Environment, Inc.

From Grassroots to Beltway

Christopher J. Bosso

Winner: Lynton Keith Caldwell Prize

We expect Birkenstocks. We find wing-tips.

“Though Bosso does not gloss over the problems faced by the modern environmental community, he presents a compelling case for why it had to become a larger, broader,and more resilient entity in order to affect policy in the long term. To make this case, Bosso constructs an ecology of the environmental movement as an advocacy community.


“Bosso has written the definitive study of the evolution of the major national environmental advocacy organizations from their surge (or in some cases their resurgence) in the early 1970s to the present. . . . This book is a must read for all those who seek to understand environmental policy and politics and the broader analytic principles that undergird the relationship of politics and public policy.

—Environmental History
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Professional organizations that advocate on behalf of environmental issues have become a permanent part of the American political landscape. From the Sierra Club to the Rainforest Action Network, these groups represent more than eleven million members and claim more than $3.5 billion in assets. Sometimes lambasted for non-stop fund-raising, top-heavy bureaucracies, or agendas out of touch with local concerns, they remain staunch advocates for Mother Nature in the marble halls of Washington. But what happens to a grassroots movement when it goes mainstream?

In this insightful book, Christopher Bosso considers how organizations that once contested the Establishment have become an establishment of their own. Environment, Inc. is the only book to examine the evolution of a national advocacy community over the span of a century. Bosso describes the transformation of an inchoate 1960s movement into fixtures of contemporary politics to show how this transformation was necessary for the success of environmental policy. Presenting some thirty organizations that lie at the core of the national environmental advocacy community—todays environmental establishment—he examines these groups both individually and collectively to clarify their origins, organizational evolution, and methods of operation. He looks at annual reports and tax forms to assess their financial health and organizational maintenance, and he describes how people whose heart is in the great outdoors have been forced to become more businesslike in order to survive in a political context that places a premium on presence.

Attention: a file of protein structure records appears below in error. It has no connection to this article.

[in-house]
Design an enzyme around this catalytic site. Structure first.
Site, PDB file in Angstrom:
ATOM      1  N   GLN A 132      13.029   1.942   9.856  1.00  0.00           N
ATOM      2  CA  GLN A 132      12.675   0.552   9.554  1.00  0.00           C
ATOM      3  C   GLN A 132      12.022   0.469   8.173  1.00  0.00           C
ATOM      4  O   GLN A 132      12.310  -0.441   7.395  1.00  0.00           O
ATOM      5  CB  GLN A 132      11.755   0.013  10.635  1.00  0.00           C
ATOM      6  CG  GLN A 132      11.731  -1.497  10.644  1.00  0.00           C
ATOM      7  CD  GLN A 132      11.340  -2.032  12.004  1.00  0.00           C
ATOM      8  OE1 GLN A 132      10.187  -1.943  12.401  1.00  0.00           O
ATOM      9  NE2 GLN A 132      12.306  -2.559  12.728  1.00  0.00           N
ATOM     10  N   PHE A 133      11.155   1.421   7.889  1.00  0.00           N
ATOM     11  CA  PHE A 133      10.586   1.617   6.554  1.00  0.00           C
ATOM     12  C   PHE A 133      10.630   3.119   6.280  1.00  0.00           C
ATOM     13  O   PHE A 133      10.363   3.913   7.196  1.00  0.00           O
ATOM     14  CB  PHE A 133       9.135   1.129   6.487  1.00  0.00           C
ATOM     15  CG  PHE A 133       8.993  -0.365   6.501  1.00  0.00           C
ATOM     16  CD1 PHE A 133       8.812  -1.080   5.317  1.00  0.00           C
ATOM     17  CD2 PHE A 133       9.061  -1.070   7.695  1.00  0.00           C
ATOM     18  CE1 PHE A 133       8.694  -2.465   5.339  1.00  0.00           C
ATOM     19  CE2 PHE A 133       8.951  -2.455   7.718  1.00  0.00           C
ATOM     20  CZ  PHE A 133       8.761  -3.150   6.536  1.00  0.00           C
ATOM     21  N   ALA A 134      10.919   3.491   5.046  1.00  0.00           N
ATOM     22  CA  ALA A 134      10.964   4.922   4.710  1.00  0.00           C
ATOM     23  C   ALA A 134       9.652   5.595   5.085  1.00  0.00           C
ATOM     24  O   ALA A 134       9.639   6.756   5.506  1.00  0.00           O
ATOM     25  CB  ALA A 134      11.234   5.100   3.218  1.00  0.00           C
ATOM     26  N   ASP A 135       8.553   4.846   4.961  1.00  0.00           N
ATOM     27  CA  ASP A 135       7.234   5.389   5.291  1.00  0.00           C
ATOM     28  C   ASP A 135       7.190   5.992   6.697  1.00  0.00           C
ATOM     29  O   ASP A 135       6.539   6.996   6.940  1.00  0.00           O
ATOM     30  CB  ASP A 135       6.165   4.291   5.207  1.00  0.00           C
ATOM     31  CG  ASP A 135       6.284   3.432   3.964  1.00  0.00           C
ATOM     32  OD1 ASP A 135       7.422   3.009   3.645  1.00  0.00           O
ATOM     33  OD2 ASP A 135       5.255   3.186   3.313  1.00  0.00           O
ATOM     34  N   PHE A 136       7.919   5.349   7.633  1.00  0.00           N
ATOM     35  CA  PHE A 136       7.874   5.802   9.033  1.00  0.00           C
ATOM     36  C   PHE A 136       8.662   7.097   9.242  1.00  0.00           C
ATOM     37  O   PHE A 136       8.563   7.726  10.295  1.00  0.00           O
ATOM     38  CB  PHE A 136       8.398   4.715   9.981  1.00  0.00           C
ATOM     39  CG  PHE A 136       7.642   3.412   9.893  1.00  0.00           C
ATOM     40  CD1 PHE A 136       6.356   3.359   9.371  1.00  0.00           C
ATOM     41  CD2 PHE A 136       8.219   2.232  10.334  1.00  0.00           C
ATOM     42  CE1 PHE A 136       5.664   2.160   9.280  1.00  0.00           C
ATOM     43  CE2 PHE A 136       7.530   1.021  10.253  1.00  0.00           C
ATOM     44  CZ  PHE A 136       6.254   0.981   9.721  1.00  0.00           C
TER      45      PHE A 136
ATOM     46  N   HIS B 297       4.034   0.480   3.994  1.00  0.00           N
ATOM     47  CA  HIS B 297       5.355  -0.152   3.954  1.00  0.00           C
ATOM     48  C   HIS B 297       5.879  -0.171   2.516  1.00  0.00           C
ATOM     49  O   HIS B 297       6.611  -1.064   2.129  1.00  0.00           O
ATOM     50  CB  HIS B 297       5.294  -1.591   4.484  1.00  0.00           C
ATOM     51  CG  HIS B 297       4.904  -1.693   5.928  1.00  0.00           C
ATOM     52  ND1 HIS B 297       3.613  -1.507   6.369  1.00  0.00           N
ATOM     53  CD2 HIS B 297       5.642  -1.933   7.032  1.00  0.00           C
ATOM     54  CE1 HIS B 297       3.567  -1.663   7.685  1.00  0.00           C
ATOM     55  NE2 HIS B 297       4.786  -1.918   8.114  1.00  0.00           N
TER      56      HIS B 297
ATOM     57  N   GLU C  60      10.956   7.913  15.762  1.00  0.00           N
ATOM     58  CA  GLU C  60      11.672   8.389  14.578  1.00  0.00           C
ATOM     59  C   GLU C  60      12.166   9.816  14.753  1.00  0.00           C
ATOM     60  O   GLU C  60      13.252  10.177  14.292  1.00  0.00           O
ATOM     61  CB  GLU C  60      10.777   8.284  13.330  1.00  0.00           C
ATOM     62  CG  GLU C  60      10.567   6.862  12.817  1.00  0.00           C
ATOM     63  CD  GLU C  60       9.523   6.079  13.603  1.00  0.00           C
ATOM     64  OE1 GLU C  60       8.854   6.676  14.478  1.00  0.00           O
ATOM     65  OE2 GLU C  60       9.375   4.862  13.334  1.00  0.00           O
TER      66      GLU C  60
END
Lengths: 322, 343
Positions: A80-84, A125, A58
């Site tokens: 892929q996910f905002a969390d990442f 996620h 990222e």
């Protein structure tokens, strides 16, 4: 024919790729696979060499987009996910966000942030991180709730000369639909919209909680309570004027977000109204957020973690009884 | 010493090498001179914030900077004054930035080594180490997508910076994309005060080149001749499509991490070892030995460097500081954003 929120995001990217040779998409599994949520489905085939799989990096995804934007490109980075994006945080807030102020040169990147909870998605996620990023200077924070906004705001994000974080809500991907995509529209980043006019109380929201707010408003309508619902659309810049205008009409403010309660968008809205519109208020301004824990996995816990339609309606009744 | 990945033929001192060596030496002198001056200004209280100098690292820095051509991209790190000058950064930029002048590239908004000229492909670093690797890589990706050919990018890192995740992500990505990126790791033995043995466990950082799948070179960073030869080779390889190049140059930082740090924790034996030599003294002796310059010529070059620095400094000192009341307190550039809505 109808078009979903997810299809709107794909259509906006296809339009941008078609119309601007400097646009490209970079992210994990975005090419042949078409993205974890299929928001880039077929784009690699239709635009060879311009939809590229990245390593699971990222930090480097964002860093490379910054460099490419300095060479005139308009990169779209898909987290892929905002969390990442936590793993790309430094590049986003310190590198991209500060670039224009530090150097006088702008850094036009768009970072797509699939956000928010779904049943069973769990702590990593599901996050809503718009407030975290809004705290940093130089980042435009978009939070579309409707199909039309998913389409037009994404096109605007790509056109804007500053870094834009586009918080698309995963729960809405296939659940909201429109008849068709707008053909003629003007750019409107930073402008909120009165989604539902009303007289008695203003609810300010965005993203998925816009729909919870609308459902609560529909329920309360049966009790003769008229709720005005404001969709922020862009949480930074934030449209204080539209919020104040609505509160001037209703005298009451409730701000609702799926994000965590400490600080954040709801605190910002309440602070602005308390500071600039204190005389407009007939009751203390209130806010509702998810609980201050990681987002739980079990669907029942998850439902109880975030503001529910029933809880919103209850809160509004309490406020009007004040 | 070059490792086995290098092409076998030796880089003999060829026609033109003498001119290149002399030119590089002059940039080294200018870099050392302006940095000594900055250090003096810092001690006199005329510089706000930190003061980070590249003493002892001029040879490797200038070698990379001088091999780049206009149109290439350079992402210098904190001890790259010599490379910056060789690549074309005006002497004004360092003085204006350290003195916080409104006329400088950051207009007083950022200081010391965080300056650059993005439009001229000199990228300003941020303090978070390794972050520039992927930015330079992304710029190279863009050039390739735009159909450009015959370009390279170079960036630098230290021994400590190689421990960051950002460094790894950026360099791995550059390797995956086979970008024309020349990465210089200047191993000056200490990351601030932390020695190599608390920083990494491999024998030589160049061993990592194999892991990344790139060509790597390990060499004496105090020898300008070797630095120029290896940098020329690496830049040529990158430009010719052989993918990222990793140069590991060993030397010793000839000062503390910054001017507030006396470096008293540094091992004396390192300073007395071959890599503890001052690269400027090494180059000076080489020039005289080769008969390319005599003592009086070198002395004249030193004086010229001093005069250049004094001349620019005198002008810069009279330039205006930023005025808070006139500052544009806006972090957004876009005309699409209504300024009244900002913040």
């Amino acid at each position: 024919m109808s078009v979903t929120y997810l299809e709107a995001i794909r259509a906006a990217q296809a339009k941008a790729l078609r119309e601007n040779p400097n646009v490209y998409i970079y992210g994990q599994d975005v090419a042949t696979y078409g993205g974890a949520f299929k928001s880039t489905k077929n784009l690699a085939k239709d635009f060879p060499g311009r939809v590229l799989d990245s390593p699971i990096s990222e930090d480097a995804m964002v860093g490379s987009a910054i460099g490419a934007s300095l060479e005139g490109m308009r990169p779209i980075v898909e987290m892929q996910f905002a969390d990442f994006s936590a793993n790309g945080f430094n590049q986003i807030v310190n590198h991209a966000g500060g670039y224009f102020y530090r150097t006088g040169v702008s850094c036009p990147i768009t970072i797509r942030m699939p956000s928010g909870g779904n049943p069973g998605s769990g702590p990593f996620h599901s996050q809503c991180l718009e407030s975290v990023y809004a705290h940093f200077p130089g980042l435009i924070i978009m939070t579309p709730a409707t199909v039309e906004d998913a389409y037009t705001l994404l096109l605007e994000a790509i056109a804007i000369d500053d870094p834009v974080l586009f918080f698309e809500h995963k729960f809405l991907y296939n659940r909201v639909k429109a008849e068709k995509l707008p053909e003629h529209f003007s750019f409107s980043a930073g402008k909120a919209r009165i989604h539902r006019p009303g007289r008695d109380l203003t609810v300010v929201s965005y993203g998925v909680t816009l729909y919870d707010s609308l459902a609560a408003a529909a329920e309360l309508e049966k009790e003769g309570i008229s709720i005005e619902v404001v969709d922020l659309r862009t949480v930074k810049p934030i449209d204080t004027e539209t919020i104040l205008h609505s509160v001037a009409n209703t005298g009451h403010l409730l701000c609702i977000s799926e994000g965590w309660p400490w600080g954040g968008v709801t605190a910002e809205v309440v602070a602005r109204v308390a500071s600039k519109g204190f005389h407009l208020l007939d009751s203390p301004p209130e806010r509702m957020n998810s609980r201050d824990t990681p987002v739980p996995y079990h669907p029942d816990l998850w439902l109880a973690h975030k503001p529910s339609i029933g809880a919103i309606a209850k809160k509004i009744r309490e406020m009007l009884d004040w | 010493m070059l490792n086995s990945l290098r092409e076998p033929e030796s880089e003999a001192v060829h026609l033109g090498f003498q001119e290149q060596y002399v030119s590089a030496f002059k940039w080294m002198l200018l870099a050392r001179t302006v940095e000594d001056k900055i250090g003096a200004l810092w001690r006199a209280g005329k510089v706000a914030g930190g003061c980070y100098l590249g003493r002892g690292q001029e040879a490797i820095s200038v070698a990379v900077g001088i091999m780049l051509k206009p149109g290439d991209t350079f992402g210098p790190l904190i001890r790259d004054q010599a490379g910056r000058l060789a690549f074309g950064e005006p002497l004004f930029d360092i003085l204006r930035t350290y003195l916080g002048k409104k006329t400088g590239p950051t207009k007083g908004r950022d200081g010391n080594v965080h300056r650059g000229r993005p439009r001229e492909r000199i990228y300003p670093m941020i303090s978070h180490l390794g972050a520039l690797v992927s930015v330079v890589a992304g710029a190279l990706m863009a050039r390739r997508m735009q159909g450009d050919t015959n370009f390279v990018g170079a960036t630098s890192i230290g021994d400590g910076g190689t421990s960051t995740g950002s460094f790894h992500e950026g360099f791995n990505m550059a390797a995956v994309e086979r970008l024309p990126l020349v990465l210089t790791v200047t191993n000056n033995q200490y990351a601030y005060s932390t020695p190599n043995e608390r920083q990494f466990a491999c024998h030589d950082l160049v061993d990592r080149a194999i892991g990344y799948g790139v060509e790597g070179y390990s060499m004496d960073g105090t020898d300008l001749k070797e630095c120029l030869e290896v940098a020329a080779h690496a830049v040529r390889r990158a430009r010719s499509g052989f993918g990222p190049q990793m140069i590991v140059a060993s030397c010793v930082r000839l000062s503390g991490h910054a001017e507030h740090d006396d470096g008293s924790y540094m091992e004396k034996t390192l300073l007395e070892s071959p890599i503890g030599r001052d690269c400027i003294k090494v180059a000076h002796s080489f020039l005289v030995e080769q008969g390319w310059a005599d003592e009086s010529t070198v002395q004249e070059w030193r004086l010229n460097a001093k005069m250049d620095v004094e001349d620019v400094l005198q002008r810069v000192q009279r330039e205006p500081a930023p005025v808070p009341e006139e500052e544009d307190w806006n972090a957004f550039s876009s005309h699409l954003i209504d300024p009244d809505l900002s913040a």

Bosso seeks to learn why organizations born in social movements become larger, more professional, and more bureaucratic over time. He tells how warhorses like the Sierra Club and National Audubon Society have survived in the face of an influx of competitors, and why so relatively few new national organizations have appeared in recent years. In examining the success of some and the demise of others, he sheds light on how organizations adapt to the shifting winds of politics and economics.

As Bosso observes, the very normalcy of todays environmental community speaks volumes about the contours of American democracy. He shows that these groups, for all their flaws, remain the most consistent promoters of environmental values in a political system based on organized advocacy. His cogent analysis offers new insights into the nature of interest group politics in the United States.

Additional Titles in the Studies in Government and Public Policy Series